see + do
Concierge.com's insider take:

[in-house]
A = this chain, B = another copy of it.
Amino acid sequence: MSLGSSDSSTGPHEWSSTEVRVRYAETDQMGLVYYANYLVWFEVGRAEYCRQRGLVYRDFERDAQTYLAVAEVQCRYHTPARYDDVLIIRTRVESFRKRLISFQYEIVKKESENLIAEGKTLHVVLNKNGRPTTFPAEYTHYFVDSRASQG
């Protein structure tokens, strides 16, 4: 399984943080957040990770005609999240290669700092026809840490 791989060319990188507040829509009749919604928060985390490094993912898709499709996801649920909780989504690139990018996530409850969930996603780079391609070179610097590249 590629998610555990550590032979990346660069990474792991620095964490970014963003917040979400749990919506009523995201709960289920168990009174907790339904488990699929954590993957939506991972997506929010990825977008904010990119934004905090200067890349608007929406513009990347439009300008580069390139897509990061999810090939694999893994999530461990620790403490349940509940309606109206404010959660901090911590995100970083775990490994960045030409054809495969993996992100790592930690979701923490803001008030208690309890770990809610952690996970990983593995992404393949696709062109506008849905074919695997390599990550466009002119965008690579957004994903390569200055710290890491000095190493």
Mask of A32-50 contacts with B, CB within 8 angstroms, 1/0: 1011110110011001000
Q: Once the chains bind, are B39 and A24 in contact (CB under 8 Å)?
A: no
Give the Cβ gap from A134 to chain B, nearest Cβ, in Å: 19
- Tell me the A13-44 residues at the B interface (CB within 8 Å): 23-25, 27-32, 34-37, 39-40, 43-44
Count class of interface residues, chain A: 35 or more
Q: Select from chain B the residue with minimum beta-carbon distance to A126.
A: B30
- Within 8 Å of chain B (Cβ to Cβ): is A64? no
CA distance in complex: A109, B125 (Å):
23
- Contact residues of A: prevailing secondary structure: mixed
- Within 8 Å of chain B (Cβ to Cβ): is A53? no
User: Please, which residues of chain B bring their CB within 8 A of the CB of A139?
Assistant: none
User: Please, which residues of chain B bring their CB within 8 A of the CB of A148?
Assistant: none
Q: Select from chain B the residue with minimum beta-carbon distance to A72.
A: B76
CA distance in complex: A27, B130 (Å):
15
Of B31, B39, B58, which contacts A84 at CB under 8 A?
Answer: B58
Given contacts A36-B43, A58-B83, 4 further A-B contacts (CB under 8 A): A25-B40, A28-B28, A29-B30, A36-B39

All the big-name Japanese designers are clustered together in this district on the tree-lined Omotesando Boulevard: Yohji Yamamoto, Comme des Garçons, and Issey Miyake and his other lines (HaaT and A-POC), plus interesting younger Japanese labels such as Tsumori Chisato and Frapbois. Look out for Sou-Sou, which sells its own version of the traditional split-toed soft Japanese shoe, and Arts & Science, whose elegant leather bags are perfect for carrying home your new purchases. Prada's spectacular glass store, designed by the Swiss duo Herzog & de Meuron, is here, too. Tod's, Gucci, Louis Vuitton, and others are wall-to-wall, and they're housed in buildings by native architects whose names are bigger here than Marc Jacobs' (whose Japanese lantern–inspired Tokyo flagship, opened in December 2010, was designed by Jacobs' own all-star team). Tadao Ando's 366,000-square-foot development, Omotesando Hills, opened in February 2006, is a minimalist's fantasy mall, housing brands such as Yves Saint Laurent and Dolce & Gabbana. Unlike Tokyo's much larger luxury malls, which can be overwhelming, Omotesando Hills feels exclusive and manageable in both its gorgeous design and its choice offerings. Go on a weekday evening to avoid the weekend crowds; you'll have the entire place to yourself.—Updated by Rebecca Willa Davis
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